Your Healthy Horse

Trail Rider - - NEWS - BY ELEANOR M. KELLON, VMD

Learn why your horse needs a Cog­gins test.

A neg­a­tive Cog­gins test for equine in­fec­tious ane­mia is im­por­tant — and some­times re­quired. Here’s what you need to know. BY ELEANOR M. KELLON, VMD

WWhat if you knew of an equine dis­ease that had no cure, no treat­ment, and in many cases would re­quire you to destroy your horse if he be­came in­fected? You’d prob­a­bly find that pretty scary. Well, such a dis­ease does ex­ist, but luck­ily it’s rare enough that we tend to for­get about it. Be­cause the Cog­gins test has proved so ef­fec­tive, equine in­fec­tious ane­mia (EIA) re­ceives very lit­tle at­ten­tion these days. But it’s still around, and it’s still a killer.

Here, I’ll first go over the causes of EIA and ex­plain how the virus spreads. Then I’ll tell you why get­ting a Cog­gins test for your horse is so im­por­tant, es­pe­cially if he’s on the road.

How EIA Spreads

Also known as “swamp fever,” EIA is caused by in­fec­tion from a lentivirus, the same fam­ily of virus that causes ac­quired im­mune de­fi­ciency syn­drome (AIDS) in peo­ple. How­ever, peo­ple can’t get AIDS from the equine virus, nor can horses get EIA from the hu­man virus.

EIA can’t be spread by ca­sual con­tact. It’s usu­ally trans­mit­ted via large bit­ing flies, which carry virus-packed blood from an in­fected horse to a neigh­bor­ing horse.

Although trans­mis­sion through sex­ual con­tact has never been doc­u­mented, the virus has been known to show up in se­men. Pas­sage of virus in saliva and ma­nure is also a pos­si­bil­ity.

Peo­ple can spread the in­fec­tion by us­ing the same nee­dle or den­tal in­stru­ments with blood on them on dif­fer­ent horses.

Move­ment of in­fected horses to new ar­eas is how EIA can travel long dis­tances, as the bit­ing flies don’t travel far. As yet, there’s no ef­fec­tive vac­cine or treat­ment for this po­ten­tially fa­tal dis­ease.

EIA Symp­toms

An in­fected horse may be symp­tom-free for a long time, un­til some stress (such as an­other in­fec­tion, ship­ping, hard ex­er­cise, etc.) weak­ens his im­mune sys­tem and the virus be­comes ac­ti­vated. Other horses may never show they have the in­fec­tion and are called in­ap­par­ent car­ri­ers.

EIA hides in­side a type of white blood cell (the macrophage) that car­ries it through­out the horse’s body. High­est con­cen­tra­tions are usu­ally in the lymph nodes and lym­phatic sys­tem, liver, spleen, kid­ney, and bone mar­row, but it can go to any or­gan, even caus­ing en­cephali­tis in the brain.

The symp­toms of EIA in­fec­tion are only ev­i­dent when the virus is ac­tive. Fever is the first sign, but it’s eas­ily missed. The next symp­tom is usu­ally ane­mia, which oc-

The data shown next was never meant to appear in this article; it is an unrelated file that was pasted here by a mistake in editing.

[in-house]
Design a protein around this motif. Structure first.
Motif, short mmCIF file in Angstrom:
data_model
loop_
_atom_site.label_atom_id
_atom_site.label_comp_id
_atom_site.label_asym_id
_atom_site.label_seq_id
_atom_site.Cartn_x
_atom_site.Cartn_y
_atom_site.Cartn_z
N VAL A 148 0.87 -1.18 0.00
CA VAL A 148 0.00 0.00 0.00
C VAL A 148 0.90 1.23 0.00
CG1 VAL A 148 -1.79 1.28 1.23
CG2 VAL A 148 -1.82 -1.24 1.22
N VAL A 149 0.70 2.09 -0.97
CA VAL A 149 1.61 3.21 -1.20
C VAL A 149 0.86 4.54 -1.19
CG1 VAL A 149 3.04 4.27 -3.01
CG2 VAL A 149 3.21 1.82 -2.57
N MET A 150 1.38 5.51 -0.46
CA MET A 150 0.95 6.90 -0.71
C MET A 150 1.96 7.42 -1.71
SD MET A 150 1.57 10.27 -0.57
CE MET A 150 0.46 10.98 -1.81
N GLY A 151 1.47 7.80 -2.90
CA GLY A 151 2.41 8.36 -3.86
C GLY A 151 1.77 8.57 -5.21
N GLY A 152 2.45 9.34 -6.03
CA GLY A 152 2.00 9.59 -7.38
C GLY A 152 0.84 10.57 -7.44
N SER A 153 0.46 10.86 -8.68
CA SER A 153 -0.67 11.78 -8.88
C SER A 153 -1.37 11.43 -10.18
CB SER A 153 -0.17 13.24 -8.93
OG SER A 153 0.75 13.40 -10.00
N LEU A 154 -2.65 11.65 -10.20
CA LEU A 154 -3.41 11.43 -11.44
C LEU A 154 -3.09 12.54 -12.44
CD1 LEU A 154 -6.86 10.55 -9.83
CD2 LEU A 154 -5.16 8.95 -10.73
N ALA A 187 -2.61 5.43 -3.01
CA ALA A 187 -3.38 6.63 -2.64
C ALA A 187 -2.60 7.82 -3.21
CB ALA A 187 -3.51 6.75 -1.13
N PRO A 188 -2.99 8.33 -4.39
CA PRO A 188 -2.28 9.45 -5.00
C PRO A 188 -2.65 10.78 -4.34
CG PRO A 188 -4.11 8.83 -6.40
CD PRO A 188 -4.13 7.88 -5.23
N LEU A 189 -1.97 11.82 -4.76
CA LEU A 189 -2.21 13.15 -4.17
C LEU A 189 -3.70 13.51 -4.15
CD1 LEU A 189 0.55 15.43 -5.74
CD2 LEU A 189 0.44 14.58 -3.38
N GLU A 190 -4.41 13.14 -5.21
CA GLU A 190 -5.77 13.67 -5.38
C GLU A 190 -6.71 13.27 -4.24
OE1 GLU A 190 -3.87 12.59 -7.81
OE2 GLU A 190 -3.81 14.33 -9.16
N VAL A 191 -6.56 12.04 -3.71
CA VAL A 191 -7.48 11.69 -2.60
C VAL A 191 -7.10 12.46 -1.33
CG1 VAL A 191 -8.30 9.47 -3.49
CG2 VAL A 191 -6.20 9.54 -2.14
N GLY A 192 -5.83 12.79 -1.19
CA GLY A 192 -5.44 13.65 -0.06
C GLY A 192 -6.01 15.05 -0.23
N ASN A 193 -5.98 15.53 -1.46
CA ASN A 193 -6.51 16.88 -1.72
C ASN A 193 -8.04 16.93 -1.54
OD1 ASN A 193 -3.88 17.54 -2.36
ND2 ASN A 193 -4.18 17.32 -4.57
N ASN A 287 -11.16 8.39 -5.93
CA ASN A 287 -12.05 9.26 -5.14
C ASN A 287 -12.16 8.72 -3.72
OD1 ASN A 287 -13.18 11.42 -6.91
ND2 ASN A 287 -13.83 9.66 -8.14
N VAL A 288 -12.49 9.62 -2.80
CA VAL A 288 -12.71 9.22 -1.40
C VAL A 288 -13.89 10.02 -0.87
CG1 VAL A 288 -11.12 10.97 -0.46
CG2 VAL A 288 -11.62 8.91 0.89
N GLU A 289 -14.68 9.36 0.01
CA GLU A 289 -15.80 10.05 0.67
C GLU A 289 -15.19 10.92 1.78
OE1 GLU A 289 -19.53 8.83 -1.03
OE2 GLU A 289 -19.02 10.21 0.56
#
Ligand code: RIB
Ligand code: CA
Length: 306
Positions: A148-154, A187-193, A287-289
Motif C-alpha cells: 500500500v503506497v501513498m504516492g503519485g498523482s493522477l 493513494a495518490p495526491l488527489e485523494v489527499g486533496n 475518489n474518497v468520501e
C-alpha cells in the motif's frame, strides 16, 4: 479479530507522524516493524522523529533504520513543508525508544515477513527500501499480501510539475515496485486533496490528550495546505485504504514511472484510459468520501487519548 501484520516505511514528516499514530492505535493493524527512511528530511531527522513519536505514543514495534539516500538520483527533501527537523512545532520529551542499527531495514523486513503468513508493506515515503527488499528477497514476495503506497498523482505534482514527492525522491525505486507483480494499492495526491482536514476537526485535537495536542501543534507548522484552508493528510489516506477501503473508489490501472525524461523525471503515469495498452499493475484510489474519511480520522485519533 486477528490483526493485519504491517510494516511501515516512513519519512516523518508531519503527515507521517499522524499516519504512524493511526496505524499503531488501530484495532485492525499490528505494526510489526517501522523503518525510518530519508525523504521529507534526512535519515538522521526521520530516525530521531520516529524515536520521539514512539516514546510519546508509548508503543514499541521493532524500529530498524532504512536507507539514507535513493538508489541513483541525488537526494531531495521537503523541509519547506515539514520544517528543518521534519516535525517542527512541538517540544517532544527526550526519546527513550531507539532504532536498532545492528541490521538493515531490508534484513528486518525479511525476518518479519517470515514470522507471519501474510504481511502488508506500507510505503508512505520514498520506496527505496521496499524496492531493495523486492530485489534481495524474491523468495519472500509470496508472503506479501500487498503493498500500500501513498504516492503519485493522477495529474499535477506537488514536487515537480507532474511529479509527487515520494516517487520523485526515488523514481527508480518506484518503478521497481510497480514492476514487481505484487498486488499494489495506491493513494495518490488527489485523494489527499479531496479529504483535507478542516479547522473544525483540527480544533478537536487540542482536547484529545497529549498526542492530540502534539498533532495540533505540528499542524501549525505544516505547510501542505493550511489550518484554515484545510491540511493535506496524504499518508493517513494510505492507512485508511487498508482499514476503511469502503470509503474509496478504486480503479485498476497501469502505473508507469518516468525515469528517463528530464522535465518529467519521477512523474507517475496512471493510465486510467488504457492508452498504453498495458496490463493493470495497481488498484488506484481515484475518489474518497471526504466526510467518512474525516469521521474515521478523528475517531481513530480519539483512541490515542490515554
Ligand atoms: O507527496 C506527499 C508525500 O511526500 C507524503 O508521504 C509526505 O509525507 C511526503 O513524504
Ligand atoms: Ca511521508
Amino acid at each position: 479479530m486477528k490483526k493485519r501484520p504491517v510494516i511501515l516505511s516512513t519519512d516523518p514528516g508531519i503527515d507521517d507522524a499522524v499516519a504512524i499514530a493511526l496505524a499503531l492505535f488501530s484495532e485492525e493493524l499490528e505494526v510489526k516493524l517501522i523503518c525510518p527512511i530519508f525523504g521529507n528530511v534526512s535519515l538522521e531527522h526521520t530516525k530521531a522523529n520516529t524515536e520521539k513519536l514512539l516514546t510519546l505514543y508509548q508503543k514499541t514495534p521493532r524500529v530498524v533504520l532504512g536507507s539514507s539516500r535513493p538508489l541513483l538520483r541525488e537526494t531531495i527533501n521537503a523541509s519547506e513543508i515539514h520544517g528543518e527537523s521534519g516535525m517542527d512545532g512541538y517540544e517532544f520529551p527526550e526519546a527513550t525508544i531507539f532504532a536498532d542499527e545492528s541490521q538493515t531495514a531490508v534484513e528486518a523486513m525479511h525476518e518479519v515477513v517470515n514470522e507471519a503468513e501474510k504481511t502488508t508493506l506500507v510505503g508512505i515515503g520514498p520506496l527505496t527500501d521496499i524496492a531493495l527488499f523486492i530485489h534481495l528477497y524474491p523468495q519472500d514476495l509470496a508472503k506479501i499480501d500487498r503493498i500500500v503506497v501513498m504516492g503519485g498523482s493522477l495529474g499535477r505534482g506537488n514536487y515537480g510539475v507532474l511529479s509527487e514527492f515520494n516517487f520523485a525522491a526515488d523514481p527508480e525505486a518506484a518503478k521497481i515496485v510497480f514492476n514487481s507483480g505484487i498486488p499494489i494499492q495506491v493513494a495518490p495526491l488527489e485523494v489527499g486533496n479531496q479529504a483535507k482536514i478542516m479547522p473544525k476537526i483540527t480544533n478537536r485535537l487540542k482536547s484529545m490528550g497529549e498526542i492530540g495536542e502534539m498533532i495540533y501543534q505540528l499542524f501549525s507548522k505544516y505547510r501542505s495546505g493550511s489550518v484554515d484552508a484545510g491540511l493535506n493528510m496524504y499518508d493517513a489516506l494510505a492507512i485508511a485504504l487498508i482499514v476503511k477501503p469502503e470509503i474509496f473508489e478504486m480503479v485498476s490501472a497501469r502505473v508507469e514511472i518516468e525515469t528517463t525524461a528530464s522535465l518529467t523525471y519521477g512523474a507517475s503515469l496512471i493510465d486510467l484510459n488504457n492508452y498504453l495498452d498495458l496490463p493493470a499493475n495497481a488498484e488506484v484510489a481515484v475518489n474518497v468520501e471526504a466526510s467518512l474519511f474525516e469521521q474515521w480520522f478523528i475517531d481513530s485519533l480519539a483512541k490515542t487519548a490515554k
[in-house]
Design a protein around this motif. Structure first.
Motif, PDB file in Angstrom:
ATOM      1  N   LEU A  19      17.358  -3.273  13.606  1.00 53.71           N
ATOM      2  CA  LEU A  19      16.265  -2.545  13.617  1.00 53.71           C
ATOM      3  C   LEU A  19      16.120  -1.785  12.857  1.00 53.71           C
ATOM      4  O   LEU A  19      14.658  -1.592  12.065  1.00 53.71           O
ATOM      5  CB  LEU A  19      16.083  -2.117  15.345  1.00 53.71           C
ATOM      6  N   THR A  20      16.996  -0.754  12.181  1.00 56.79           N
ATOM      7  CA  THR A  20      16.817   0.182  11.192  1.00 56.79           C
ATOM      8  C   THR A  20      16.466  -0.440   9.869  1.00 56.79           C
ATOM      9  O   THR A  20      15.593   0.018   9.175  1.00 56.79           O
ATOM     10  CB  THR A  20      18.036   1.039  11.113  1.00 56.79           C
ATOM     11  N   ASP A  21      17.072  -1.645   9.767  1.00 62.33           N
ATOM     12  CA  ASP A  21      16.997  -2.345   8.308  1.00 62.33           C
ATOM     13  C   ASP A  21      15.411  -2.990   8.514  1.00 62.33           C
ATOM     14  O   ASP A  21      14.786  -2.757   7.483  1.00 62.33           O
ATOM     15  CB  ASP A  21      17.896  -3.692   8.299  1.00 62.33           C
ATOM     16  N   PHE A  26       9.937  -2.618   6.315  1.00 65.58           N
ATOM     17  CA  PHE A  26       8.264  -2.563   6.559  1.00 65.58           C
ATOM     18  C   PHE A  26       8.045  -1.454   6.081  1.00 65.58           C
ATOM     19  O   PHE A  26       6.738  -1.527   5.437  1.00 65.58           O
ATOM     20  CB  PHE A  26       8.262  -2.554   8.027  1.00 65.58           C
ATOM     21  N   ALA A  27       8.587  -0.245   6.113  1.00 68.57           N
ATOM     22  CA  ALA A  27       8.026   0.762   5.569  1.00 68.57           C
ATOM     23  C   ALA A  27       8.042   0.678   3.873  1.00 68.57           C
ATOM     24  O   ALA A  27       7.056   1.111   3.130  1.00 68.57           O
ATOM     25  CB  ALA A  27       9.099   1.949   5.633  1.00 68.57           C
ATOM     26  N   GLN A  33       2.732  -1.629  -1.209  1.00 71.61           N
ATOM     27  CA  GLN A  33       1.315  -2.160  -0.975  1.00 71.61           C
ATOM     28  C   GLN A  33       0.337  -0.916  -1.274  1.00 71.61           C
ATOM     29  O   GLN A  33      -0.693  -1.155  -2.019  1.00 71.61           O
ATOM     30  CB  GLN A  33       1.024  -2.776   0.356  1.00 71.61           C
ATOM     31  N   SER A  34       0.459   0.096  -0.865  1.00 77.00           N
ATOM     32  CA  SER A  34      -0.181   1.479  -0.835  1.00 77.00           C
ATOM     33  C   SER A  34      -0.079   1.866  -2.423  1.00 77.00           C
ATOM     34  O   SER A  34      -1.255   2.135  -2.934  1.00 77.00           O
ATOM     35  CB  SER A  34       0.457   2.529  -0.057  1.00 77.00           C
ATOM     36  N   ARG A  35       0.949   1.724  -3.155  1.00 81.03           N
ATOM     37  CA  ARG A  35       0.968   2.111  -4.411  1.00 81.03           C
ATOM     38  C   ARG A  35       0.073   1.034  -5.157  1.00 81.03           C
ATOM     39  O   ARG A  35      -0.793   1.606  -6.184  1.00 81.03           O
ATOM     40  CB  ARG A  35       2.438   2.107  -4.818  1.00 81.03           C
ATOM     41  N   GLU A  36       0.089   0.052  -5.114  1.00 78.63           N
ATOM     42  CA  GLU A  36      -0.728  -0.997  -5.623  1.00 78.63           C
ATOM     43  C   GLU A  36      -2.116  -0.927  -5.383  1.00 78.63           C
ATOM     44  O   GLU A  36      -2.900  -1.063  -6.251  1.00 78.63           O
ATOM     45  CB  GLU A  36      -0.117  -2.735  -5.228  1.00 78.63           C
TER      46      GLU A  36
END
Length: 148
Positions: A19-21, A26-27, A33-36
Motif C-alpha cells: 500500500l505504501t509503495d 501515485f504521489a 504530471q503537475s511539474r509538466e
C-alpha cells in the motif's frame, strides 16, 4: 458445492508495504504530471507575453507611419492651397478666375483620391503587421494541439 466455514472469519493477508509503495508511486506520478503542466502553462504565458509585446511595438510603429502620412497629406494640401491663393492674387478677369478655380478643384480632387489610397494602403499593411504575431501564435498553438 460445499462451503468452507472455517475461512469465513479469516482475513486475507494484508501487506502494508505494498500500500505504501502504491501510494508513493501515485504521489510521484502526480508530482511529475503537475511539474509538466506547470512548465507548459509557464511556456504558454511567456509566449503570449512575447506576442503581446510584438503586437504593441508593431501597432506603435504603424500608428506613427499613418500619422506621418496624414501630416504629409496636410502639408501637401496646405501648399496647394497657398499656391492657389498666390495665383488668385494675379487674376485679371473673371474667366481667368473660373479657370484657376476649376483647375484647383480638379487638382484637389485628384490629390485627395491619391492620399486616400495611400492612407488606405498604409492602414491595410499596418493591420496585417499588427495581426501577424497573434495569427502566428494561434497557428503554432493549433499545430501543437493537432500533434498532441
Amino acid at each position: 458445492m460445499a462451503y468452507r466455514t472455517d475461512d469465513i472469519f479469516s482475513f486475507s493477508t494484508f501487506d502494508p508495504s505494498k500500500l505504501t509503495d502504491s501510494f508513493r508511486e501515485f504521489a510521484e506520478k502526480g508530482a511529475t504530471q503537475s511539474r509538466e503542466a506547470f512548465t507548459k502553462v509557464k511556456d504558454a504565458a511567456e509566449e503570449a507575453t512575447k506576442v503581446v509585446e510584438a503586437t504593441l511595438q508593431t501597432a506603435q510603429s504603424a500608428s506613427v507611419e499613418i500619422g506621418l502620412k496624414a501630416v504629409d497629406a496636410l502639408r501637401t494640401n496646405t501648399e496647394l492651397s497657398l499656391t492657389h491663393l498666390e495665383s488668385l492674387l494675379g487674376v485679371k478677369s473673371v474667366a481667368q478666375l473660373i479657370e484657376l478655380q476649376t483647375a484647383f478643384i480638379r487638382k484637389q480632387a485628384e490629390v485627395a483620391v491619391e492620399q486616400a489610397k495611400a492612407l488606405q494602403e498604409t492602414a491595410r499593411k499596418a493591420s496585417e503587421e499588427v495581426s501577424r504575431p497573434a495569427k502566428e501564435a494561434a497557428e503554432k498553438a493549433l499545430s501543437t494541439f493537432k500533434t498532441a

curs be­cause chem­i­cal-sig­nal­ing mol­e­cules be­come at­tached to the red cells and trig­ger the im­mune cells to en­gulf the cells. This causes weak­ness, de­pres­sion, poor oxy­gen de­liv­ery, and pos­si­ble or­gan dam­age.

As the dis­ease pro­gresses, prob­lems with clot­ting ap­pear be­cause the platelets are de­stroyed. The white cell num­bers also start to de­cline. Even­tu­ally, the liver and other or­gans be­come da­m­aged. The horse slowly but steadily loses weight, show­ing swelling (edema) of the belly and legs.

If EIA isn’t sus­pected, the horse will prob­a­bly be treated with de­worm­ings, di­etary changes, and an­tibi­otics, but none of these things help. Once horses be­come symp­to­matic, they show a slow but steady wast­ing away un­til the dis­ease it­self kills them or they’re eu­th­a­nized.

The Cog­gins Test

The first step in diagnosis is the Cog­gins test, a blood test that de­tects an­ti­bod­ies to the EIA virus. When this is pos­i­tive, two more spe­cial­ized and more sen­si­tive tests are done to make sure the diagnosis is cor­rect.

Since Leroy Cog­gins, DVM, de­vel­oped the test in 1970, cases of EIA have dropped dra­mat­i­cally. Gov­ern­men­tal agen­cies have taken dras­tic mea­sures with pos­i­tive horses, gen­er­ally re­quir­ing euthana­sia, though quar­an­tine is some­times al­lowed.

Ev­ery state has laws re­gard­ing manda­tory Cog­gins test­ing. While the laws vary a bit from state to state, they’ll usu­ally re­quire test­ing of horses be­ing shipped and com­pet­ing in shows or races, as well as horses be­ing sold at pub­lic auc­tion.

Any horse that tests pos­i­tive will have to ei­ther be de­stroyed or kept quar­an­tined for the rest of his life.

The se­ri­ous na­ture of the in­fec­tion, the con­stant threat that horses with ac­tive in­fec­tion pose to other horses, and the in­abil­ity to treat the in­fec­tion are why it’s con­sid­ered so im­por­tant to try to iden­tify in­fected horses and re­move them from con­tact with healthy ones. TTR

CLIXPHOTO.COM It’s im­por­tant to get a Cog­gins test for your trav­el­ing horse, as move­ment of in­fected horses to new ar­eas is how EIA can travel long dis­tances.

Although it has be­come rel­a­tively rare, EIA is an in­sect-borne dis­ease, so it’s hard to pro­tect horses that are con­stant tar­gets of bit­ing flies.

BOB LAN­GR­ISH PHOTO As yet, there’s no ef­fec­tive vac­cine or treat­ment for this po­ten­tially fa­tal dis­ease. A sim­ple blood test, called a Cog­gins test, can deter­mine if a horse is a car­rier of equine in­fec­tious ane­mia.

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